Elizabeth Galvin's beautiful "Appa"- a fabulous Caspian & Aravis Colorado Mountain Dog
The purpose of Colorado Mountain Dog Breed Standards is to ensure that
Colorado Mountain Dogs remain true to the unique traits they are bred for. For the purposes of developing and improving the breed, the CMDA® is allowing approved exceptions to the physical standard for the Foundation registered dogs, with the end goal being dogs conforming to the Breed Standards. Please be aware that the CMDA® is unique from other breed organizations in that the focus during the early development years is on the genotype, or the temperament and guardian qualities of the breed. The phenotype, or physical characteristics, are secondary to that. This allows the CMD breed to develop as a whole animal, with all parts included, rather than being too focused on one aspect.
- The dog’s disposition should be friendly and people loving. They should be family-oriented, child-friendly, and accepting of visitors. Aggression towards people or excessive nervousness are serious faults. The trait that is most unique to the CMD is the fact that they are accepting of humans in general, rather than just their family or regular visitors.
- In regard to predators, the dog should exhibit strong and protective guarding instincts. The dog’s preference should be to bark and warn off predators, only physically attacking a predator if absolutely necessary. The dog should not bark excessively, but with purpose, to warn or alert.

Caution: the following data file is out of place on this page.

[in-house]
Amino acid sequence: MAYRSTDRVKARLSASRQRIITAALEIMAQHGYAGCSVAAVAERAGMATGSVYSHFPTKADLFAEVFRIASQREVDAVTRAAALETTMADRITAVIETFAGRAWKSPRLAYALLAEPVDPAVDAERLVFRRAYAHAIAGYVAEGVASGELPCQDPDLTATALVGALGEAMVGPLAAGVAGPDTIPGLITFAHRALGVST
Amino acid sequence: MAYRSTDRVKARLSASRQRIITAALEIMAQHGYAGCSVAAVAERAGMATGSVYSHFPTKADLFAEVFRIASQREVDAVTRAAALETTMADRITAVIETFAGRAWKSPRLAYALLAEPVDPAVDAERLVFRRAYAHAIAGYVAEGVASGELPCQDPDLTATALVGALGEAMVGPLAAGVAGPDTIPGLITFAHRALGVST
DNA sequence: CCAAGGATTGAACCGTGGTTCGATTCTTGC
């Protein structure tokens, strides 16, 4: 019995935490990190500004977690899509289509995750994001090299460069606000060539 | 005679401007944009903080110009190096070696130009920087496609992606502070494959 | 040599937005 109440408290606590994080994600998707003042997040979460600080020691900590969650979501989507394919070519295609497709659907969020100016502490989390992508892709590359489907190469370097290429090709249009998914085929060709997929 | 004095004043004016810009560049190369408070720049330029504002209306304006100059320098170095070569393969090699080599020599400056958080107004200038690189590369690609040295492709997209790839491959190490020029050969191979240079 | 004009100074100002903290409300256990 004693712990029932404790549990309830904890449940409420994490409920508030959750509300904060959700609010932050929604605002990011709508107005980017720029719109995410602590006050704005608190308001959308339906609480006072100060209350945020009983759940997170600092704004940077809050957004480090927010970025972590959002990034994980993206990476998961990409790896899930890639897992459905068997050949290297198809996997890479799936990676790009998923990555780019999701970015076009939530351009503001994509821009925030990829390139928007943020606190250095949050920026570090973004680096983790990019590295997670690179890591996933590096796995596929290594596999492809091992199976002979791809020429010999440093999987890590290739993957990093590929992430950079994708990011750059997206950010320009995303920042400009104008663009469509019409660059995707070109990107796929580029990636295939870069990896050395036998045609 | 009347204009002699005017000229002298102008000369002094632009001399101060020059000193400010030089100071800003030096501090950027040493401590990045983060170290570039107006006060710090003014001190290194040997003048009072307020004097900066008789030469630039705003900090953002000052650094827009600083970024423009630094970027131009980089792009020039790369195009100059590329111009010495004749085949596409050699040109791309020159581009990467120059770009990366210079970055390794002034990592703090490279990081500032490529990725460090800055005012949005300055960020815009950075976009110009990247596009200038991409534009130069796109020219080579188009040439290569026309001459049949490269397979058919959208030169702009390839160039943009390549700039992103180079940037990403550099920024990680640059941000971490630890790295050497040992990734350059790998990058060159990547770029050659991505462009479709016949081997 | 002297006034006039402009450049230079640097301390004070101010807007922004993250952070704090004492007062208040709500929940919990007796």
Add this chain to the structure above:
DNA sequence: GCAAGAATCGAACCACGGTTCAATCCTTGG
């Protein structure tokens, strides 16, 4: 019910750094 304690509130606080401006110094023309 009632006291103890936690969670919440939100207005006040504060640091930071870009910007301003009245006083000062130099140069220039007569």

- The dog should be of independent mind and possess problem-solving ability. It should be somewhat self-sufficient and content to remain with livestock. A tendency to wander beyond its assigned territory is discouraged.
- The dog should bond closely to the livestock, but maintain a balance of protection, authority, and respect. Any tendency toward unprovoked aggression is unacceptable.
- The dog should be tall, proportionally balanced, and of lean build, but not thin boned. Males should stand 30-34 inches at the withers and weigh 110-130 lbs., while females should stand 26-29 inches at the withers and weigh 80-100 lbs.
- Tails should be long, stout, arched loosely over the back when the dog is alert, and covered in thick fur.
- The fur should be of medium-length and soft. It should grow a nice undercoat in winter, but “blow” to a thinner, cooler, outer coat in summer. Longer hair on the mane, back of legs, and tail is permitted.
- White coloring is preferred, but other color is currently permitted.
- The dog should have long, stout legs with solid, proportional feet. Each foot should have 4 toes. Dew claws on the hind legs may be single or double. Absence of dew claws is also permitted.
- The head should be refined, not square, and the muzzle should be long and gently sloping. The bite should be in line, the lips clean, and the mouth dry. Dogs that drool excessively are highly discouraged.
- The eyes should be set wide, brown, alert, and expressive.
While the breed standards are the ideal that breeders should strive for, the CMDA® is not seeking to produce “show-ring” dogs. The primary focus is the disposition towards people, vigor, and a natural instinct and ability to guard livestock.